A forgotten storyline from the Dallas Cowboys shocking playoff loss to the Green Bay Packers was the sheer disappointment it caused team legends.
Jimmy Johnson was so disgusted that he gave the Cowboys a pep talk during Fox's halftime show only to give Dallas a silence treatment on the postgame show. Beyond Johnson, Emmitt Smith, Michael Irvin and even DeMarcus Ware recorded videos posted to social media conveying their shock and chagrin.
Troy Aikman didn't follow that foursome's footsteps, but he caught up with reporters at a recent Dallas event and was asked about the game.
How confident was Aikman that the Cowboys would be playing the 49ers in the NFC Championship Game? He delayed his vacation expecting to attend the game in Santa Clara. The Hall of Famer can't wrap his mind around why Dallas continues to come up small in the playoffs, but he thinks outside distractions are partly to blame.
Aikman stopped short of pinning the distractions on Jerry Jones, but his answer didn't totally absolve the owner of blame, either.
Troy Aikman nearly blamed Jerry Jones for creating Cowboys distractions.
“I mean, he’s the boss. So whatever is done, it’s because he’s OK with it. It just is what it is. I mean, it’s been that way. It’s always been that way. And whether or not that ultimately keeps this team from doing what they hope to do, I don’t know. Does it just rear its head in January? I mean, why wasn’t it a problem during the regular season? So it’s a hard thing to kind of (wrap) your head around when you see the number of wins that they’ve had. And yet, so much disappointment in the postseason.”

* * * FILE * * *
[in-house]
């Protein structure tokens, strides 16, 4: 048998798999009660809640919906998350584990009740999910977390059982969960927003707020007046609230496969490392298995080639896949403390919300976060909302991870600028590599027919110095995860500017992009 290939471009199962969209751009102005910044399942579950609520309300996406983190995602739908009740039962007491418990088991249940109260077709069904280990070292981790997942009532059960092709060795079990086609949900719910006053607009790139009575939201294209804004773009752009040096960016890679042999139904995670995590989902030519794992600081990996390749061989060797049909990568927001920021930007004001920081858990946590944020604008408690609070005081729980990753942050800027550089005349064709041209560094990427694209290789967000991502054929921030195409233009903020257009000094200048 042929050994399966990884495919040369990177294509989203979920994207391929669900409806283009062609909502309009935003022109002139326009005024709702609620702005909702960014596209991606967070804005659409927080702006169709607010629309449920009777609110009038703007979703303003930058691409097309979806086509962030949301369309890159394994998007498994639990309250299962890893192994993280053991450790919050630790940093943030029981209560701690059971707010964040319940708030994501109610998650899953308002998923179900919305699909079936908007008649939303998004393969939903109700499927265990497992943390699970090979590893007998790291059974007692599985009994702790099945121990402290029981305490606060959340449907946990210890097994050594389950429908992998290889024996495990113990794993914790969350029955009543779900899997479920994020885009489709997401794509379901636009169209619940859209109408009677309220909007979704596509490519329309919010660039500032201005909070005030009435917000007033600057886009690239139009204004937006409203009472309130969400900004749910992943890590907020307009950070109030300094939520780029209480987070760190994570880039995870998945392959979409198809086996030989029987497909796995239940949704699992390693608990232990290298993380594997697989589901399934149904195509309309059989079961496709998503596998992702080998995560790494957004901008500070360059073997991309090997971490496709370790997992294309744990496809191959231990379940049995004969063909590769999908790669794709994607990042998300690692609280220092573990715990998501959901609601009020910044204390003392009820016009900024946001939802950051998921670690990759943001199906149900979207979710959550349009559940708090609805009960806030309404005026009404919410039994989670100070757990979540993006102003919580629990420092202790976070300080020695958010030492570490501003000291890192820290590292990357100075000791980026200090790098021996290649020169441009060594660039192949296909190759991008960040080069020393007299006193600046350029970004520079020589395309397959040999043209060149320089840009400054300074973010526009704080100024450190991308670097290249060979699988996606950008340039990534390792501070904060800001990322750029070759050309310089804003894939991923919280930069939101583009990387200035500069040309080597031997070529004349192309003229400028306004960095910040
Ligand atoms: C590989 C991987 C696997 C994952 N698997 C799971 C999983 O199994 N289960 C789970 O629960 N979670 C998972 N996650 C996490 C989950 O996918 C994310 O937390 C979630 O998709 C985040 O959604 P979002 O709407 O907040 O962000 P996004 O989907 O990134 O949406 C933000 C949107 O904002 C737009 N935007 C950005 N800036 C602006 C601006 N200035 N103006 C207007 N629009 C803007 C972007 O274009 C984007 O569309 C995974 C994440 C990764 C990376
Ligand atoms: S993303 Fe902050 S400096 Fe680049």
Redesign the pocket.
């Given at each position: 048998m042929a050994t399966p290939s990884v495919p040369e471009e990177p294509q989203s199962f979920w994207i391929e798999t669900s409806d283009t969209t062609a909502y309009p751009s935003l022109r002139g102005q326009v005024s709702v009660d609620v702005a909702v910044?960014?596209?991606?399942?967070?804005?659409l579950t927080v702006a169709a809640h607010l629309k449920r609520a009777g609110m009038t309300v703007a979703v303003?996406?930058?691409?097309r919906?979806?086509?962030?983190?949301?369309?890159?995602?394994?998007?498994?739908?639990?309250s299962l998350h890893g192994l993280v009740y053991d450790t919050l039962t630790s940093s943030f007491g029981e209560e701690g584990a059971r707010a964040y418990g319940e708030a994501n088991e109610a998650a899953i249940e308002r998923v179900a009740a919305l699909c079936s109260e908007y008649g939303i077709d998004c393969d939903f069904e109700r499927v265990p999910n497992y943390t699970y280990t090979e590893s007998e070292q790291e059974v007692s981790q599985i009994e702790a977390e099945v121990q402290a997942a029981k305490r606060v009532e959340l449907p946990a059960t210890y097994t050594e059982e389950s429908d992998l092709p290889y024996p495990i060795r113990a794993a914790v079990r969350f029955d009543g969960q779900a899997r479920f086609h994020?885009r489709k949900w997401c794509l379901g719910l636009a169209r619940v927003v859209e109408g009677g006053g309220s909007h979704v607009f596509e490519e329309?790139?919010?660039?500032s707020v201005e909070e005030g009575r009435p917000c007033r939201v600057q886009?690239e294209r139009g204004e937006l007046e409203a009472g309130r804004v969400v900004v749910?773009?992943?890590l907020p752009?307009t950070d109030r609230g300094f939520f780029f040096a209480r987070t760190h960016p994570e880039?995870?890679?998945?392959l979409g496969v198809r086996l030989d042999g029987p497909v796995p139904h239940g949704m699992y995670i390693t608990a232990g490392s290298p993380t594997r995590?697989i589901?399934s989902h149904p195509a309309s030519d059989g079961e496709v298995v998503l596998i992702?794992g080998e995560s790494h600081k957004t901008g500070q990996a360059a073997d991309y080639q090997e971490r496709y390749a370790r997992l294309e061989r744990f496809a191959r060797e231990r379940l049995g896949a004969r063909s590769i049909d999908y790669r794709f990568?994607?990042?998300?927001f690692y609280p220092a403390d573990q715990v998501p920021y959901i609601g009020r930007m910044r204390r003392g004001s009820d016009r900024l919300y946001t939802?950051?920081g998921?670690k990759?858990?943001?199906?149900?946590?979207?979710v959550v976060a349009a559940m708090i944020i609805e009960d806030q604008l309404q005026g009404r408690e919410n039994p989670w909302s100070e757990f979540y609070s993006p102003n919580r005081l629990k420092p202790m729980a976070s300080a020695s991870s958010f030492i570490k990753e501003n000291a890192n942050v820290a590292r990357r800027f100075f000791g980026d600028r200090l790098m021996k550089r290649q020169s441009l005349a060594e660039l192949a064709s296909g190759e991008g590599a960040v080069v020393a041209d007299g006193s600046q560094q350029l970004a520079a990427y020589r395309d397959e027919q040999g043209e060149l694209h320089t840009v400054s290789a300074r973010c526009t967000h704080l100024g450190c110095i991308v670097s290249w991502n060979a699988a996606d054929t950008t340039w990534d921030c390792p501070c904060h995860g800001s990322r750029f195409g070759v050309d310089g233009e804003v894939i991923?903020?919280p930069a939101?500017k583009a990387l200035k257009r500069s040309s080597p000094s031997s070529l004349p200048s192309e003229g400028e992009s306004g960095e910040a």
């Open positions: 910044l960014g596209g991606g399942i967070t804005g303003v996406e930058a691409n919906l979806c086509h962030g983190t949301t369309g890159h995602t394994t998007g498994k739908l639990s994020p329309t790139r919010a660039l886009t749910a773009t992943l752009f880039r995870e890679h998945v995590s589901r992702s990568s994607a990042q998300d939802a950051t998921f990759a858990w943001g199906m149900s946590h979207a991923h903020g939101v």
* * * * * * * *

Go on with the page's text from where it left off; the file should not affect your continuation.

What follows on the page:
That's not exactly a ringing endorsement from Aikman. Fans and talking heads have long theorized that Jones cares more about promoting and marketing the Cowboys "brand" than actually winning a Super Bowl.
That theory made a triumphant return after Jones decided to keep Mike McCarthy as head coach despite the fact he's 1-3 in the playoffs and hasn't taken Dallas beyond the Divisional Round. There was no shortage of coaching candidates to choose room. But McCarthy has kept the team relevant. Three straight 12-win seasons is nothing to sneeze at. As long as the Cowboys are winning, the marketing and promotion will take care of itself, with some help from Jones, of course.
“In a lot of ways, there’s so many other things that are happening within the organization, it’s easy to get caught up in it," Aikman added. "There’s tours going around the building and there’s a lot of distractions, if you will, and I think it creates another layer that a head coach and a staff and players have to try to compartmentalize so that they can go and be the best football players they can be.”
Has the pressure of playing for the Cowboys become too overwhelming? Coaches and players have stressed they aren't responsible for the 20-plus years of playoff failures that preceded them, but it has to create some added pressure, no? And how much are the outside distractions to blame for the playoff failures when, as Aikman noted, they aren't a problem during the regular season?
These questions might not have answers, but Aikman seemingly feels the organization would benefit if Jones took a step (or two, or three) back and let the team focus on football. We all know that'll never happen.